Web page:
Currently, creating accurate “virtual sound fields” through headphones is extremely expensive and involves lengthy acoustic measurements. A new approach eliminates the acoustic measurement step and promises to produce the required results in mere minutes.
Research leader Tony Tew explains, “We envisage booths in the high street, like those used for passport photos, where customers can have the shape of their head and ears measured easily. The shape information will be used to quickly compute an individual’s spatial filters.”
Spatial filters encapsulate how your features alter sounds before they reach the eardrum. The booth would record the spatial filter measurements on to a smart card, readable by next-generation sound systems. The result – sounds heard through headphones should be indistinguishable from hearing the same sounds live.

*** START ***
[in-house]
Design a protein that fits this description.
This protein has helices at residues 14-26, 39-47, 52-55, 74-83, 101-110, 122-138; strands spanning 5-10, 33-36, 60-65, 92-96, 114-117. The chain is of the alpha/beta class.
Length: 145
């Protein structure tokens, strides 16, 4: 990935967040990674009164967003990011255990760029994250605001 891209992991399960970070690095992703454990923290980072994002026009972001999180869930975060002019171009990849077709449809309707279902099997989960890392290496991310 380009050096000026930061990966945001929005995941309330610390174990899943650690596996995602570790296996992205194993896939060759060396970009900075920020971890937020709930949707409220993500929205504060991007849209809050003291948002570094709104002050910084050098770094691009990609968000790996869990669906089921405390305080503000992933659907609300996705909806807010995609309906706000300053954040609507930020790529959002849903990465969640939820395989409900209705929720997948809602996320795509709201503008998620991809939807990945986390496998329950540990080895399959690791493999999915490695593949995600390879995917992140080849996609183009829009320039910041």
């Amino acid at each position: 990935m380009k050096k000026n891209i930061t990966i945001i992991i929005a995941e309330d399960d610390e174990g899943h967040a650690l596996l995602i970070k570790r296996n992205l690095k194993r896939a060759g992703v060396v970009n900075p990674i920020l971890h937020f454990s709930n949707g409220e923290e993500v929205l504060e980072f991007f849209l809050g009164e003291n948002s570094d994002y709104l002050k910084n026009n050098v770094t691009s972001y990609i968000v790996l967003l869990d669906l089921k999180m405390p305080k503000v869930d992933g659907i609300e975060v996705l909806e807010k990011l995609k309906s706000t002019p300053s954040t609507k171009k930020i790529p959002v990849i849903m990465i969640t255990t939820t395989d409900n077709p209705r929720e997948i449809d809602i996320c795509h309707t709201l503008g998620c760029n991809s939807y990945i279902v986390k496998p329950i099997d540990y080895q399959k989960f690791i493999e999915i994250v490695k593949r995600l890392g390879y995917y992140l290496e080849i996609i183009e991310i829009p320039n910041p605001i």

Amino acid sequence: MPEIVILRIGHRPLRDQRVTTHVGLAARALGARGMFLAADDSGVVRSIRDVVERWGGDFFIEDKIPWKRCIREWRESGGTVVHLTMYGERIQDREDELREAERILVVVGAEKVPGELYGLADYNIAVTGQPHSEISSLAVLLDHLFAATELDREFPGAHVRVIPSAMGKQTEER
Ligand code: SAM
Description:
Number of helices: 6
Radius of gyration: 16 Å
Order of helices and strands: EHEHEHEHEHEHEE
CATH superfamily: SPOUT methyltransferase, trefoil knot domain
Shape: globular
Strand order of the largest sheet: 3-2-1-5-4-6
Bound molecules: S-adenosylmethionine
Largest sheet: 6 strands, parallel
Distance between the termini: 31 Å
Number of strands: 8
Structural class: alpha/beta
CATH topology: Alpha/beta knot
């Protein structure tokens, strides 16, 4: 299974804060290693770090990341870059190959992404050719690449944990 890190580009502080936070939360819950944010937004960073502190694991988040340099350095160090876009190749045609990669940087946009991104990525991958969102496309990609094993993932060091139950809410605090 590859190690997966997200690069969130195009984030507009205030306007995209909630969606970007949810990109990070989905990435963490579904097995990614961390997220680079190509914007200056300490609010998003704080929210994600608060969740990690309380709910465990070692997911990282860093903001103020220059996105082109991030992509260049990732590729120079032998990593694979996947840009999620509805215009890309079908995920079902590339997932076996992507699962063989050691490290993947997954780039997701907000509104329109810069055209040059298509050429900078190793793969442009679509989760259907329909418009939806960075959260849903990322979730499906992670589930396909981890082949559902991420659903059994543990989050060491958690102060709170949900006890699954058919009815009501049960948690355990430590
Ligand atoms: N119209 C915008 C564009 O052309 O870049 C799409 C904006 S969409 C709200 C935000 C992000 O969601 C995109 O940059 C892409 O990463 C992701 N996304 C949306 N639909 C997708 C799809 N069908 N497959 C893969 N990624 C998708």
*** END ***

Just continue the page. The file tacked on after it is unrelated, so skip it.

The ability to place virtual sounds anywhere around the head has applications in computer games and for producing earcons (the acoustic equivalent of icons on a visual display). Hearing aids programmed with the wearer’s spatial filters would exploit the directional information created by the ear flaps and so help to target one sound while rejecting others.